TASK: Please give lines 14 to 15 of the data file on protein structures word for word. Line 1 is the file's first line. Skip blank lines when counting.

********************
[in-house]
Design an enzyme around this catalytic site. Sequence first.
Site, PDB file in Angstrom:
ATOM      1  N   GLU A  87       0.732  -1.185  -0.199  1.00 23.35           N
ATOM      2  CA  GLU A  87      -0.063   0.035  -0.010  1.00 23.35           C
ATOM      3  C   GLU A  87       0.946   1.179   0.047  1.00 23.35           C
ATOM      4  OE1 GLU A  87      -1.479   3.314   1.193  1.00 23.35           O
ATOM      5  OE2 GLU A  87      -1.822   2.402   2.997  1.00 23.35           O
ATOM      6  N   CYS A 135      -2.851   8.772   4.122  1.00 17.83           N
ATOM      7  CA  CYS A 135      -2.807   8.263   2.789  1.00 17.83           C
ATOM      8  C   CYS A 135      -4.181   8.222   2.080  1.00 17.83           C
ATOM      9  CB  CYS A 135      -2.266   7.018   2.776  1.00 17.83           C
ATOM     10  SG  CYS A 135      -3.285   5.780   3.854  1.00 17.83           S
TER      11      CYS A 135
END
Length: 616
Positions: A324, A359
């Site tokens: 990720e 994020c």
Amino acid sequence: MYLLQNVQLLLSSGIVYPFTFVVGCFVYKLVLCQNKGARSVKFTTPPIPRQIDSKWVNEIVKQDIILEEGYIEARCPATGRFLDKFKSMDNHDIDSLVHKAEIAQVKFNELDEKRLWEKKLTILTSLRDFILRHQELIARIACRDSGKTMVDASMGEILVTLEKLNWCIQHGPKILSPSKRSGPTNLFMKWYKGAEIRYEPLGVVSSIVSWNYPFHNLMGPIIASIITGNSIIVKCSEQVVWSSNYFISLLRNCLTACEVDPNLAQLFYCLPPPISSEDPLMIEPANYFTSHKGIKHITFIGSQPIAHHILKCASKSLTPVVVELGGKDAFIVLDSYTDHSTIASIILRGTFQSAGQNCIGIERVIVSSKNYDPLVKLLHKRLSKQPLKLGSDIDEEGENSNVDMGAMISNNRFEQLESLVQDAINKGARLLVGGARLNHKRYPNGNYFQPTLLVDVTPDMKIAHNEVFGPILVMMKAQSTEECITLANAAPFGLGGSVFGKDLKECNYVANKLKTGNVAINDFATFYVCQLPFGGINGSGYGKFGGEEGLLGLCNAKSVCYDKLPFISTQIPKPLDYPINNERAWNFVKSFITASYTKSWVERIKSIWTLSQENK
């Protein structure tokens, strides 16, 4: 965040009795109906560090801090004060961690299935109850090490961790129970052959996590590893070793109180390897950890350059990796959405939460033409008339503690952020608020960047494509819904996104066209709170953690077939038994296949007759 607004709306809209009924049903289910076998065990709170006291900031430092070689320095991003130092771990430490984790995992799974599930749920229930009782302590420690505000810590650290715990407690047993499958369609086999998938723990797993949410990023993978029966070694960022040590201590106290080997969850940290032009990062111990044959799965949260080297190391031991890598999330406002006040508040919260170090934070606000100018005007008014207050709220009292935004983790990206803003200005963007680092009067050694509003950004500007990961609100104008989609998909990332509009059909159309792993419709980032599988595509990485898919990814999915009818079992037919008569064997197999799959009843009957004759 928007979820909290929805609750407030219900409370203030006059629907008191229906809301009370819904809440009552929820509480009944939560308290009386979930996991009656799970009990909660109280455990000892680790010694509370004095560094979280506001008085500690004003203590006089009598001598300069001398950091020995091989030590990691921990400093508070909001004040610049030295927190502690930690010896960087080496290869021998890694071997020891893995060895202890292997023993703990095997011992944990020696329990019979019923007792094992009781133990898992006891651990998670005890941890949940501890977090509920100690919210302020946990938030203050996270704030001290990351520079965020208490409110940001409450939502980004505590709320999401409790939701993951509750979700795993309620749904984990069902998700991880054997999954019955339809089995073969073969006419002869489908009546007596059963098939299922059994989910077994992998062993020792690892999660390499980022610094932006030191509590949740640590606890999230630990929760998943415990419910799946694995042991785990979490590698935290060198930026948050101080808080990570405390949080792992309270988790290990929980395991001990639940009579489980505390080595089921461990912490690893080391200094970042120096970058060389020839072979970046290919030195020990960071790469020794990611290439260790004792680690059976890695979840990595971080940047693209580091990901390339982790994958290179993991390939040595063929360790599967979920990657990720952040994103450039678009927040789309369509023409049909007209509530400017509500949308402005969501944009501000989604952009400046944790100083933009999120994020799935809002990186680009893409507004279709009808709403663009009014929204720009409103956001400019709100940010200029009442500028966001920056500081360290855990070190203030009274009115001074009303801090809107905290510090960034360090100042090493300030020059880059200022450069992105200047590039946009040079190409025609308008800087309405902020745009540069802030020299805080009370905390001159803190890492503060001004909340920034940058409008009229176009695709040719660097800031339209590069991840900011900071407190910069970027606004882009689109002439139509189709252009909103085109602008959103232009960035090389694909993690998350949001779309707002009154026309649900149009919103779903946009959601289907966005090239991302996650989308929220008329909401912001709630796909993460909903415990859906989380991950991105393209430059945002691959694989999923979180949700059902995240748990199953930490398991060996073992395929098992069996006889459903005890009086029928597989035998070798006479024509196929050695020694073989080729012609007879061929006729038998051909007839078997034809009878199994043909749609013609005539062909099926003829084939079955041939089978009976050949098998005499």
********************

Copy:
TER      11      CYS A 135
END